What Is the Internet?

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What Is the Internet?

Understanding what the Internet is and how it works can enhance your online experience.

Insights for Understanding the Internet

  • The Internet itself is a worldwide network of interconnected computers that allows users to access and transfer information remotely. The information viewed on the Internet is actually not on the Internet at all, but rather on other computers, and viewed via the Internet. A useful analogy would be to think of the Internet as a phone network: Just as a telephone provides people with the ability to contact distant locations and exchange information verbally, the Internet allows users to contact faraway locations and exchange information electronically.
  • The physical composition of the Internet is the system of wires, fiber-optic cables, routers and circuits that make this connection possible. Many people view the Internet as an abstract body of information floating around in “cyberspace.” This is not the case at all. The Internet is a worldwide network of computer networks, and the information accessed resides on the connected computers themselves.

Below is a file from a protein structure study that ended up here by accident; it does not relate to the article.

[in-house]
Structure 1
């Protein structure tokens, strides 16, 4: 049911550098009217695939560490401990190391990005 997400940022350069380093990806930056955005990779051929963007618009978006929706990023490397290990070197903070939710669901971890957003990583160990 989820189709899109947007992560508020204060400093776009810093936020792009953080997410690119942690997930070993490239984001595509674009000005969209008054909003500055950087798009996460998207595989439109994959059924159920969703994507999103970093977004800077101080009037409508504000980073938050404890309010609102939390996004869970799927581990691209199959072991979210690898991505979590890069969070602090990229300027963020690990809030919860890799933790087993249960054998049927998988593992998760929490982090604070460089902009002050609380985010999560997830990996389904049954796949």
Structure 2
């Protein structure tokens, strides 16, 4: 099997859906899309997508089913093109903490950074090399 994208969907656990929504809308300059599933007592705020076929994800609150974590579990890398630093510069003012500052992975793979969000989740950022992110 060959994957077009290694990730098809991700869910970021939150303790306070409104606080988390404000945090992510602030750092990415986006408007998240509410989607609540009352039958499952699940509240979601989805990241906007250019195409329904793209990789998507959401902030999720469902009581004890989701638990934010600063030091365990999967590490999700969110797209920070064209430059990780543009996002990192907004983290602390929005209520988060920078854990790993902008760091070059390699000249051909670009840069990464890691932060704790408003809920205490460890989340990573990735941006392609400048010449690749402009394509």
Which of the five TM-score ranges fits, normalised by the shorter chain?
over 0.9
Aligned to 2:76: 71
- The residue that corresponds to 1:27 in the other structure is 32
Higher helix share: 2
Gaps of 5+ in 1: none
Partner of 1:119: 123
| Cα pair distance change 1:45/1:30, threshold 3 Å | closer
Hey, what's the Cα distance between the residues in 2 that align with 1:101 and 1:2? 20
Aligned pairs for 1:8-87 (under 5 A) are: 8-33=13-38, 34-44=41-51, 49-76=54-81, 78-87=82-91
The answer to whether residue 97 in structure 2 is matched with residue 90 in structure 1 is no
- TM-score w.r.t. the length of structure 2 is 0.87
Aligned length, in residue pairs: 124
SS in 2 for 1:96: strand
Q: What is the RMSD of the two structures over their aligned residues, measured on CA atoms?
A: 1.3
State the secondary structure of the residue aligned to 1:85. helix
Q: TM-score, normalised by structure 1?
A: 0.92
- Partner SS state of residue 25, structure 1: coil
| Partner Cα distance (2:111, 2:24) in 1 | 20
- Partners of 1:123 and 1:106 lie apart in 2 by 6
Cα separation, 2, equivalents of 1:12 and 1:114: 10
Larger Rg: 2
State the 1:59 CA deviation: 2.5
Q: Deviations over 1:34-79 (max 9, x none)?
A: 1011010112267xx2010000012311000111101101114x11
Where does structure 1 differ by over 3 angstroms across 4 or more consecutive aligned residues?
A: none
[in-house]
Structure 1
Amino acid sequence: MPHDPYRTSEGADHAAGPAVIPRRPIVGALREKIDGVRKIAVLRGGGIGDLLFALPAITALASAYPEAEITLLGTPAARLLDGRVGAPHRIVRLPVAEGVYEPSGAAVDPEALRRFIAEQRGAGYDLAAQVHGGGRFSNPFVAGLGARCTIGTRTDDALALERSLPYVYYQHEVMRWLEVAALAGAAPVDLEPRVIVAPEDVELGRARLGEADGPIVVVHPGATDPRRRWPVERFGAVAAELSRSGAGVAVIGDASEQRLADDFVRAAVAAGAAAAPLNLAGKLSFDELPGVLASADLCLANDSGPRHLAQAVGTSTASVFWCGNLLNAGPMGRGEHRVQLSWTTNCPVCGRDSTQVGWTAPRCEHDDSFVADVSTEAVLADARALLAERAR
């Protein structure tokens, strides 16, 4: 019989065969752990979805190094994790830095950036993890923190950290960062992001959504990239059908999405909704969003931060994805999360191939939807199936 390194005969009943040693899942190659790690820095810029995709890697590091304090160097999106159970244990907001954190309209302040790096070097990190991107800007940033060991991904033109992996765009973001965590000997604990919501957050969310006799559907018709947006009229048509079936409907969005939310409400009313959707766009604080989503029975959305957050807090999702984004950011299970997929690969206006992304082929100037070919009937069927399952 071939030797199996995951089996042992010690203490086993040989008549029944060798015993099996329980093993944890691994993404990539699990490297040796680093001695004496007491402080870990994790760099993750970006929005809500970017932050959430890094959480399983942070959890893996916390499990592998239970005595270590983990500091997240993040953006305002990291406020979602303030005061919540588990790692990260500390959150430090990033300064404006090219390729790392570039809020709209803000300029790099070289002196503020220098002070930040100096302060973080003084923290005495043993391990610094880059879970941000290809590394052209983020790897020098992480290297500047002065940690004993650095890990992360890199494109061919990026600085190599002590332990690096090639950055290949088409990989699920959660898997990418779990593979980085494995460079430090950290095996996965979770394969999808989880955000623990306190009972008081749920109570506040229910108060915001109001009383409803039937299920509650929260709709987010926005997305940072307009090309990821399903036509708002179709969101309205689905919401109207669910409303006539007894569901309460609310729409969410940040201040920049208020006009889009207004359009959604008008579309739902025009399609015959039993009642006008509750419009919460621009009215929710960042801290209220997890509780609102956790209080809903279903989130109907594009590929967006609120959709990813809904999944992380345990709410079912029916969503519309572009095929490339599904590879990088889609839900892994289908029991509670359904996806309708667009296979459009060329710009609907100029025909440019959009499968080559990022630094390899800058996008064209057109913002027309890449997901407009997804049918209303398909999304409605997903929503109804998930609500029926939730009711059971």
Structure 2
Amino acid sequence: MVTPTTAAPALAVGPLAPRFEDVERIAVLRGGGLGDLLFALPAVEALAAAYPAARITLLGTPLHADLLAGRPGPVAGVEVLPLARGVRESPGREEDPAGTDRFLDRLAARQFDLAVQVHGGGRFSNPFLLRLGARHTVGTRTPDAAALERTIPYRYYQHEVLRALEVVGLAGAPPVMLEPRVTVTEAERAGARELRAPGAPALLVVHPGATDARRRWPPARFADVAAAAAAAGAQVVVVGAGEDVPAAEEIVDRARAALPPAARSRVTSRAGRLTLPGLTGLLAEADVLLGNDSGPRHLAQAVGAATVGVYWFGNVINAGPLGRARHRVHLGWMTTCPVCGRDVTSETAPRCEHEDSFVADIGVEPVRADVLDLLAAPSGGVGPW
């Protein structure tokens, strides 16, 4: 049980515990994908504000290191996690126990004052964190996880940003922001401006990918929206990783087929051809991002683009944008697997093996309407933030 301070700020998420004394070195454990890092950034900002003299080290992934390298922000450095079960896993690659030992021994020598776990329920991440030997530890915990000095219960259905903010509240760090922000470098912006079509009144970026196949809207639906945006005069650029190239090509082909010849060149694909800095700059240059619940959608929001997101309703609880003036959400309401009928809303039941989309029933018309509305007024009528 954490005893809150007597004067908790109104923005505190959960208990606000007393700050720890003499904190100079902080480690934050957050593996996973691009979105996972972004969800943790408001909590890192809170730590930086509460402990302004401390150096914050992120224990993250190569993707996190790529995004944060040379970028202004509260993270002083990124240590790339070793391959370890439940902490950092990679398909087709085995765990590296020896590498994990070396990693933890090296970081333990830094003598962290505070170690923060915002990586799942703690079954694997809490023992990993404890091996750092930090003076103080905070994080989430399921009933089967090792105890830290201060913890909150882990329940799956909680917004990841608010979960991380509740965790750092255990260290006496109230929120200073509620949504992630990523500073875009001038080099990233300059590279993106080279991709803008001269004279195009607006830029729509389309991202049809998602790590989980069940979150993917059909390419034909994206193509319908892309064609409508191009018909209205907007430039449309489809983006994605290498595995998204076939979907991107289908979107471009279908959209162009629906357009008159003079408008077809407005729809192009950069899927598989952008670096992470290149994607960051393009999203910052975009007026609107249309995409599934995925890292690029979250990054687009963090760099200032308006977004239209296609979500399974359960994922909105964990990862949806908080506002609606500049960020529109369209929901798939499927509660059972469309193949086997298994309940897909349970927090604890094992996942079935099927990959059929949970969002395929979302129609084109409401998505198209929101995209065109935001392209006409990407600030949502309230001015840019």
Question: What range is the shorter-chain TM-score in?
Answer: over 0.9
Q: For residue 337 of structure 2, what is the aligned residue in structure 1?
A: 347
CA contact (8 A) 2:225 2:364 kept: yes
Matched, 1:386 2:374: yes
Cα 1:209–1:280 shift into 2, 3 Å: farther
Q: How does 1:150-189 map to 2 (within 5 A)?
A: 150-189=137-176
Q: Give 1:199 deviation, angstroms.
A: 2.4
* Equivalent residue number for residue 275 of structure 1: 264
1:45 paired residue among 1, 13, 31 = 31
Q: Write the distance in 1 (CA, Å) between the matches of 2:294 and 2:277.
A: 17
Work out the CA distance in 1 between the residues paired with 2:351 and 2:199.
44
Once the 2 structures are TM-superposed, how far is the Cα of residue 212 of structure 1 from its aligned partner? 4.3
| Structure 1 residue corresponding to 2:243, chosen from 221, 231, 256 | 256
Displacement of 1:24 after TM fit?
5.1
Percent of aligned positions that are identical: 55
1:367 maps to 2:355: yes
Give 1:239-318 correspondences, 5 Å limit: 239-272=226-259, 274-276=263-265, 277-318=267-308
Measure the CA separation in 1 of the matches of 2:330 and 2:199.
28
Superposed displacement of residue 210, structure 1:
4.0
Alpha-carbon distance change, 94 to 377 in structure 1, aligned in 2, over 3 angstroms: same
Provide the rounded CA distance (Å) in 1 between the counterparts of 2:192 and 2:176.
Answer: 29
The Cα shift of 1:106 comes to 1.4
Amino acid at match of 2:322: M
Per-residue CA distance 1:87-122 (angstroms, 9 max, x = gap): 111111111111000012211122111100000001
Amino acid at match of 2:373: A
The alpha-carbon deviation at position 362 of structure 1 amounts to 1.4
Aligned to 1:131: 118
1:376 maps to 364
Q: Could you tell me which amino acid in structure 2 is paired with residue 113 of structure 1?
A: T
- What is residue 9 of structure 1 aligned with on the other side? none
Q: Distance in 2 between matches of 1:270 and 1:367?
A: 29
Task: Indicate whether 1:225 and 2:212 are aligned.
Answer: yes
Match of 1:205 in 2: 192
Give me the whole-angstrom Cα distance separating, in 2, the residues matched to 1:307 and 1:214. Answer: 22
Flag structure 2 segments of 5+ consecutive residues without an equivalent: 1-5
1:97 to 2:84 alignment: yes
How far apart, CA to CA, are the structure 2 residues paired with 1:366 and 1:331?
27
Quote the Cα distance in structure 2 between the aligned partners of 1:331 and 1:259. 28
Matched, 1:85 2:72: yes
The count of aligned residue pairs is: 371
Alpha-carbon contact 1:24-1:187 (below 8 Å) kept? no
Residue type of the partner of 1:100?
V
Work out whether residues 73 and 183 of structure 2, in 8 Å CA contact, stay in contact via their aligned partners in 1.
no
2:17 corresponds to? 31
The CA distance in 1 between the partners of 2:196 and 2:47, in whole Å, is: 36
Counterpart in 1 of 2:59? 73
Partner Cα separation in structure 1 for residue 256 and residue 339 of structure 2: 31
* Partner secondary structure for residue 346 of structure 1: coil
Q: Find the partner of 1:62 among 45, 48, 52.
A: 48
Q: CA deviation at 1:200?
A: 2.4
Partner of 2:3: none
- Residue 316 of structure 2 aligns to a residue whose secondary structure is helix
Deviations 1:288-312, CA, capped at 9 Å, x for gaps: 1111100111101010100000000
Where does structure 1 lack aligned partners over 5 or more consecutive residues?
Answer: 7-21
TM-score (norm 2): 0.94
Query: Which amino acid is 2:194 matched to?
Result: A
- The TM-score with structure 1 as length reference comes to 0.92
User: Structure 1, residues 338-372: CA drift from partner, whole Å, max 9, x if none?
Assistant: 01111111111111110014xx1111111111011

• The most popular service accessed through the Internet is the World Wide Web (WWW). The Web and the Internet are often considered to be synonymous but actually represent two different things. Whereas the Internet is the means for accessing information, the Web is composed of the visual display of the information being accessed. Web pages are collections of files and documents stored on computers around the world, formatted in a programming language called HTML (hypertext markup language). This permits users to move between them by clicking on highlighted areas, called hyperlinks, or links for short. The Web is navigated using a technology called hypertext. Hypertext is a name for documents containing embedded pathways that, when clicked, direct users to other documents. These “links” can come in the form of words, phrases, icons or graphics, and create interconnectedness between files and documents, giving character to the image of the World Wide Web as a “web.”
  • A Web browser is a computer program that allows users to access the Internet and view information on the Web. They accomplish this by interpreting HTML files, and displaying them as “pages” on a user’s computer. Browsers are designed to facilitate an ease of navigation through the Web’s pages, by taking advantage of its many benefits afforded by hypertext. Popular browsers include Internet Explorer, Firefox, Safari and Netscape. Browsers with the proper “plug-ins” (software upgrades that permit users to open specific file types) allow users to: view documents, watch videos, listen to audio files, chat with other users, play games and watch animations.

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